As for the webmaster, don’t settle for a yes/no answer. Gauge the skill level of this person. You may be dealing with someone who’s been using computers since the punch card era. Or you may be dealing with the new hire who just had “maintain the new website” added to his job description.

13. What is your deadline for completing the site? You may be dealing with people who want a 10,000-page e-commerce site done by next Tuesday. Then again, you might not. This question, if handled carefully, can provide you with an opportunity to educate prospects on how long good design takes.

14. Please list the names of five other sites that you like. Why are they attractive to you? In general, I’ve found this to be one of the easiest questions for prospects to answer. And don’t be surprised if they offer more than five links, plus a detailed explanation of why they like each one.

15. Have you researched your online competition so you have an idea of what you do and don’t want on your site? Here’s a little secret about competitors: Some of them can be real blabbermouths. Especially on their websites. Others have sites that say little and explain even less. It’s important for your prospect to decide on the right balance between openness and secrecy – and it’s a tough decision.

16. What do you NOT want on your site in terms of text, content, etc.? There are some things that just don’t belong on a website. (Provocative sentence, that one.) Every company has a different answer to this question. For example, some splash employee pictures all over their sites and others are like the Central Intelligence Agency, which shows no employee photos.

17. Where is the website content coming from? Who’s responsible for updating it? Is it ready for use on your website? Content is one of those things that takes forever to arrive at your studio. If you have copywriting skills – or can team up with someone who does – you can turbocharge the content production process, and finish the project faster.

18. Do you have a logo? Attention web people with logo design skills: You may be able to make an additional sale if the prospect doesn’t have a logo or doesn’t like his current logo.

19. Are you planning to do online sales? If so, what is the product, and how many items do you want to sell online? A few years ago, the word “e-commerce” took the world by storm. And all manner of companies fell under its spell. Many of them found out that e-commerce has a lot of moving parts – online order-taking that makes people feel comfortable sharing their credit card information, order-filling, shipment tracking, customer service, and the list goes on.

It’s best to clue your prospect in early. Help him plan his e-commerce strategy by directing him to Ralph Wilson’s E-commerce Research Room. Ralph has helped all sorts of people avoid expensive e-commerce mistakes, including me.

20. If you’re planning to sell online, are you set up to accept credit cards? Believe it or not, there are some people who still think that online buyers will send them a check. Sorry, but accepting credit cards is mandatory in the online business world. Getting set up to accept credit cards can take time, and lots of it. Personally, I found that my merchant account application was more intrusive than the form I had to fill out for an FBI background check. (The FBI didn’t like the quality of my fingerprints, but that’s another story.)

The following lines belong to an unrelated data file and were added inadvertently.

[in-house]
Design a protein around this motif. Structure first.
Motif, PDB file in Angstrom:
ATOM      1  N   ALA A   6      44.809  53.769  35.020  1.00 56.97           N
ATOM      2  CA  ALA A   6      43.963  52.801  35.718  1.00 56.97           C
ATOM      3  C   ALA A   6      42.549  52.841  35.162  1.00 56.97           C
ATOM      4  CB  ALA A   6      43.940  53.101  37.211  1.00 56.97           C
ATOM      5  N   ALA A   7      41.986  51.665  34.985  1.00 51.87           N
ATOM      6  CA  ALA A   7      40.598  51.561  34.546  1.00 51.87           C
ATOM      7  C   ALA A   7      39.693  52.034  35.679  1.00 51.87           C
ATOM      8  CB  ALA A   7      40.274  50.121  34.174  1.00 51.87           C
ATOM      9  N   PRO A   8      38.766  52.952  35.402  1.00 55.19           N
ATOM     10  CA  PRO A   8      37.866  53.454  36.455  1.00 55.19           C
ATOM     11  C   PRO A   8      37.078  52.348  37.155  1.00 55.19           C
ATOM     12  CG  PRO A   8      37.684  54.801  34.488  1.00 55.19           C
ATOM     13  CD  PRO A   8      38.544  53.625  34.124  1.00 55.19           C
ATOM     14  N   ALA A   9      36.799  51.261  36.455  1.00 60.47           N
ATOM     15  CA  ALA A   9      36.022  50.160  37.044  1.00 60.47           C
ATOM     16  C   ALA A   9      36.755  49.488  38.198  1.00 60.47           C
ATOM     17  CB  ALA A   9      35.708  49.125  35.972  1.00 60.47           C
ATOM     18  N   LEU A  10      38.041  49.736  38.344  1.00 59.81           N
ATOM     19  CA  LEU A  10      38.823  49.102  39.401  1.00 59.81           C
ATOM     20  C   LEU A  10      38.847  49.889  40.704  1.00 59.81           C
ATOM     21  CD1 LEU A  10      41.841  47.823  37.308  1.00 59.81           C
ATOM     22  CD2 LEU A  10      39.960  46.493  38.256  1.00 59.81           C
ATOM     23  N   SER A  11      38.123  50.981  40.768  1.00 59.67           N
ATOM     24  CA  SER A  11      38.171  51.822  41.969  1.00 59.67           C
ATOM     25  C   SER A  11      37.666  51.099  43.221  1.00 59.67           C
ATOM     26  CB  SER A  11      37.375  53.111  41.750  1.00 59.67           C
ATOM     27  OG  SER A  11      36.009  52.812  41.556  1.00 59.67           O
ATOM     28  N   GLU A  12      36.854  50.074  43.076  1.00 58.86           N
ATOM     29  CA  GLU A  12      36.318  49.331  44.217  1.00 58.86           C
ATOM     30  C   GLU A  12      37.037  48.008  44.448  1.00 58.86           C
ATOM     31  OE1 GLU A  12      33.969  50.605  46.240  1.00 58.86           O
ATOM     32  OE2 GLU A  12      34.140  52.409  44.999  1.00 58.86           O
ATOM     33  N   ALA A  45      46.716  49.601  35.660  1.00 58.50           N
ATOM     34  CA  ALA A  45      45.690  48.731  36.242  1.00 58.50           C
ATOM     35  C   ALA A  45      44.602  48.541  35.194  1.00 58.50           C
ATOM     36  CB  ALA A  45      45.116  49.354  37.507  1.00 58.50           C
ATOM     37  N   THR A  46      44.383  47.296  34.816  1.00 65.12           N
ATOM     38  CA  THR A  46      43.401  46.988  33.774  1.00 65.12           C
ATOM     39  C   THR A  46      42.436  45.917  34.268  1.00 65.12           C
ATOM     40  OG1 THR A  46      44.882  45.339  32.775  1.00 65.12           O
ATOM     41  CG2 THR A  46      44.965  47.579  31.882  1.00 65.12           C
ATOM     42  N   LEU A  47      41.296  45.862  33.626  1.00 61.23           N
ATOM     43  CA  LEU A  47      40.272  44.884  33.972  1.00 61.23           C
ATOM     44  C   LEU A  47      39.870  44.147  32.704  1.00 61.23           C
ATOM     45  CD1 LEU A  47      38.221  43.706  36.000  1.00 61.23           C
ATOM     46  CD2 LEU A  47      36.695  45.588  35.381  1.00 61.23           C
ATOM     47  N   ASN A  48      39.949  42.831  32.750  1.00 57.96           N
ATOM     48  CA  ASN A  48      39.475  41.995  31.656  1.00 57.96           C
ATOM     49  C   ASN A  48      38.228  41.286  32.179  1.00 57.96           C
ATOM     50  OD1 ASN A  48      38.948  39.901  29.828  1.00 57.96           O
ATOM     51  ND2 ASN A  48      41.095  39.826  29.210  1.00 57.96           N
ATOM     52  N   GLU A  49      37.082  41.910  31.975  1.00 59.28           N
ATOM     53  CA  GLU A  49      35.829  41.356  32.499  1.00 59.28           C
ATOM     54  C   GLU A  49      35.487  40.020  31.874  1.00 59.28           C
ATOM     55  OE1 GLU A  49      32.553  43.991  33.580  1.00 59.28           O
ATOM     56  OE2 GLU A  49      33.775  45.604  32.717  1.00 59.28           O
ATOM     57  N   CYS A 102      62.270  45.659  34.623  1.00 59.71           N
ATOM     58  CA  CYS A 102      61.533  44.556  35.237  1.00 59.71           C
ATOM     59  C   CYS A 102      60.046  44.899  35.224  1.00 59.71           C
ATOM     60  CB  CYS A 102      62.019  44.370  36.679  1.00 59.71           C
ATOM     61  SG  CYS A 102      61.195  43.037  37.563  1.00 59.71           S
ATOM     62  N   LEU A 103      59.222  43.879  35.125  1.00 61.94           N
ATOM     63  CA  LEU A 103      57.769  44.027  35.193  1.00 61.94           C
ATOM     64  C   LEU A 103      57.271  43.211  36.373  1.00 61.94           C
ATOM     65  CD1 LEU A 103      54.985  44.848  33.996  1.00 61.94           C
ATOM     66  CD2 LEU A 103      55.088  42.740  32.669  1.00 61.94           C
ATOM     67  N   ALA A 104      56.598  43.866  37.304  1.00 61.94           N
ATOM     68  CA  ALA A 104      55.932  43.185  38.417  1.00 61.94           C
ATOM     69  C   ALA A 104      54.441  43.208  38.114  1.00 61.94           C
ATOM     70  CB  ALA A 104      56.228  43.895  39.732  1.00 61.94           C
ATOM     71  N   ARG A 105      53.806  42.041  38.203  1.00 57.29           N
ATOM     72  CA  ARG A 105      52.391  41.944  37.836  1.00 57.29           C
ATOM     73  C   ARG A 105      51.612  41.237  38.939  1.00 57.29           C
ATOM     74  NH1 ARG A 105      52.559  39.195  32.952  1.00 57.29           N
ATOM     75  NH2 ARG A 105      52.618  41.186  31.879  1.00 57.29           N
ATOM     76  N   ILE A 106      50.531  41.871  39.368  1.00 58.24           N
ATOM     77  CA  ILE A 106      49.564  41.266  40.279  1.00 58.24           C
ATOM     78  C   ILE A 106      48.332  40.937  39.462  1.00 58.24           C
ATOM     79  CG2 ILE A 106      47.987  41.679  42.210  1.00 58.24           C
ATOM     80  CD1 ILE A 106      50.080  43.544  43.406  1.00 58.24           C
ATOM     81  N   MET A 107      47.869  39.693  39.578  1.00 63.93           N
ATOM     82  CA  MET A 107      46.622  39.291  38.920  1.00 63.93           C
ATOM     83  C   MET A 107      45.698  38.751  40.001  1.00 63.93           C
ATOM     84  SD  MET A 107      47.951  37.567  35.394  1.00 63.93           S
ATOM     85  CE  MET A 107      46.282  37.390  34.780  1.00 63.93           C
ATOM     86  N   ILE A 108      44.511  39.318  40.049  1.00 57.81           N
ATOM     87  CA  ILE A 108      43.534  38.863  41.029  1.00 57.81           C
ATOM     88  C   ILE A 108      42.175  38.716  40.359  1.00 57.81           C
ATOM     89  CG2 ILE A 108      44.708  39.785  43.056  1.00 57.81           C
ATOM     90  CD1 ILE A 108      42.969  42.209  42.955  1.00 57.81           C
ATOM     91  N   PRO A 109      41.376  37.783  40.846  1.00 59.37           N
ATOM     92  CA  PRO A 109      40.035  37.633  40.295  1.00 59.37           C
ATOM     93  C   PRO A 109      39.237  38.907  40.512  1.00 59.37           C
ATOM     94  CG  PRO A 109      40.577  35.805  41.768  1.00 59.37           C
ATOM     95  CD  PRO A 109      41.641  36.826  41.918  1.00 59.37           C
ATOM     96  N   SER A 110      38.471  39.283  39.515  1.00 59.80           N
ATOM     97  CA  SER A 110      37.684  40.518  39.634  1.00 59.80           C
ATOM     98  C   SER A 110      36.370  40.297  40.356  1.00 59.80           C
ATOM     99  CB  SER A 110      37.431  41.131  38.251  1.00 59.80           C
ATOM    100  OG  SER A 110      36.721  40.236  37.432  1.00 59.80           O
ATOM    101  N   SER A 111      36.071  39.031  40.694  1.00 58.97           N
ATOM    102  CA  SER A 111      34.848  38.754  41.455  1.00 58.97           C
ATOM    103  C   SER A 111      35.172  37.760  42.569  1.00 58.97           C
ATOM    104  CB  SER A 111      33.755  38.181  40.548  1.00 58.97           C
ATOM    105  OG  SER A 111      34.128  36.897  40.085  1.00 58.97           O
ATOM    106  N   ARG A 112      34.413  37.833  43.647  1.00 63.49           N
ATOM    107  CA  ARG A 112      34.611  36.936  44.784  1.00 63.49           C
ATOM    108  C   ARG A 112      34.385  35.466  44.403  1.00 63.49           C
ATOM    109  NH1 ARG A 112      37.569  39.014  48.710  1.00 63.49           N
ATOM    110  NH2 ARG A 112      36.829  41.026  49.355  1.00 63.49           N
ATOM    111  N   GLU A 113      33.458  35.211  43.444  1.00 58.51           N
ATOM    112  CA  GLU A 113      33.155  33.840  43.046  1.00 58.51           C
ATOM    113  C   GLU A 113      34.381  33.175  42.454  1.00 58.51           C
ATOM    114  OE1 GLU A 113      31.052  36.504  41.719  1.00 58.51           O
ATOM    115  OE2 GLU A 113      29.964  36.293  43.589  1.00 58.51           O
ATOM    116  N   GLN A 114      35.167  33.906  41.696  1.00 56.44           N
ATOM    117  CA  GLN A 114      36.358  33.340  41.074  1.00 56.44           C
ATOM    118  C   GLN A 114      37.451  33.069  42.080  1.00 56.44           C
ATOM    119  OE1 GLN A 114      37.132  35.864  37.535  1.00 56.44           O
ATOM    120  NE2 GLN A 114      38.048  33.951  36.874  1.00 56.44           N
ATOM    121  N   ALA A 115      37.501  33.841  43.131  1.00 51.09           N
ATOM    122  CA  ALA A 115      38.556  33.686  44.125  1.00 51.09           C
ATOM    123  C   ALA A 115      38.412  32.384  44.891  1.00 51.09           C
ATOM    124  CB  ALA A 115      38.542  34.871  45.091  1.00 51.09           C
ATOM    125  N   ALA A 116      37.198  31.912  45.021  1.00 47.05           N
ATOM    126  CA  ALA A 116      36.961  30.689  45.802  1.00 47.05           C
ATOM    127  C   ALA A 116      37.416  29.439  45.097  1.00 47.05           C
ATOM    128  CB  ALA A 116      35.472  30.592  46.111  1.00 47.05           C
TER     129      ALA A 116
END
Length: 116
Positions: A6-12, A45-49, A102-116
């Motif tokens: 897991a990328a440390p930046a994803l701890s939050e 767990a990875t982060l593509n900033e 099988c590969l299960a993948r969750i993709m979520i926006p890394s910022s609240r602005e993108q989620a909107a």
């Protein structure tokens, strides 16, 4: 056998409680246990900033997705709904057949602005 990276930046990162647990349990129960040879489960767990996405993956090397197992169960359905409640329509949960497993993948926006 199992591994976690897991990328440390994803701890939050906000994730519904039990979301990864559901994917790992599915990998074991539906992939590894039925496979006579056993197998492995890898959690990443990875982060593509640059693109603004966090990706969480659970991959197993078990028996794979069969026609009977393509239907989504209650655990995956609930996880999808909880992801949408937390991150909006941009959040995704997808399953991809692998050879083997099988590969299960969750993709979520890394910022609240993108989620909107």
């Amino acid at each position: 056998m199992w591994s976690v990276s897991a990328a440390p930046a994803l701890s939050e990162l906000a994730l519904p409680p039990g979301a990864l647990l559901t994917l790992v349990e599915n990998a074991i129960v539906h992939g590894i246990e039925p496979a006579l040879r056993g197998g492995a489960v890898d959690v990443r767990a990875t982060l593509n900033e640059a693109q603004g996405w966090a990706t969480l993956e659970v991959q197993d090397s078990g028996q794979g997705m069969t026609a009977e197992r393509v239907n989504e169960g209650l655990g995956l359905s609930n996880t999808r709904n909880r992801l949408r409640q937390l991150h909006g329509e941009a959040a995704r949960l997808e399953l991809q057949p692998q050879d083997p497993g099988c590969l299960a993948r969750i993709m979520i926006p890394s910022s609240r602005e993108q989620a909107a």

21. How much time will you be able to spend online, responding to inquiries that come in via your website? Once a day? Several hours a day? Ever gone to a big company’s site to ask a question? You dutifully filled out the contact form, then waited, waited, and waited for an answer that never came. This is how you don’t want your prospects to act. Timely responses to visitor inquiries work better – and cost a lot less – than elaborate PR programs.

22. If you were using a search engine, what words or phrases would you use to find your site? Which of these words or phrases is most important? Second? Third? This is one of those questions that gets the search engine obsessives going. They’re the people who come up with an impossibly long list of search terms that they expect top rankings on. Encourage them to come up with a reasonable list – say, three to five terms. Refer them to a good search engine rankings specialist.

23. Other than what search engines will produce, what methods do you have in mind to spread the word about your website? There was a time when a website was such a novelty that you could get newspaper stories written about the fact that you had one. (Newspapers – remember them?) These days, you’ll need to do a bit more planning. Although some of its information is a bit dated, Ralph Wilson’s Planning Your Internet Marketing Strategy is a helpful book.

24. Once your website is completed, how long do you think it will be before you begin bringing in significant business from the website? This question is the younger sibling of the previous question. Once your client’s new website is up, it will take time for the promotional plan to show results. The answer to this question will reveal whether you have a patient prospect – or someone who expects everything to happen yesterday.

25. How do you plan to encourage repeat visitors and referrals? How is a website like a piece of granite? When it sits there and never changes. Fortunately, there are lots of ways to keep web content fresh – blogs come to mind. Making a website refer-able is a much greater challenge. Best advice I can offer is to make the site into a valuable resource – like this one.

Whew! That’s quite a list of questions. And, truth be told, I don’t use every one of them every time. It’s important to respect your prospects’ time, even when you’re looking for long-term relationships. (See? Business is a lot like the dating game!)

If you’d like some more ideas for your own client questionnaire, here are five good resources:

  1. Riverside Media
  2. Pick Me, Inc.
  3. Earthcare Technology
  4. McKremie Web Hosting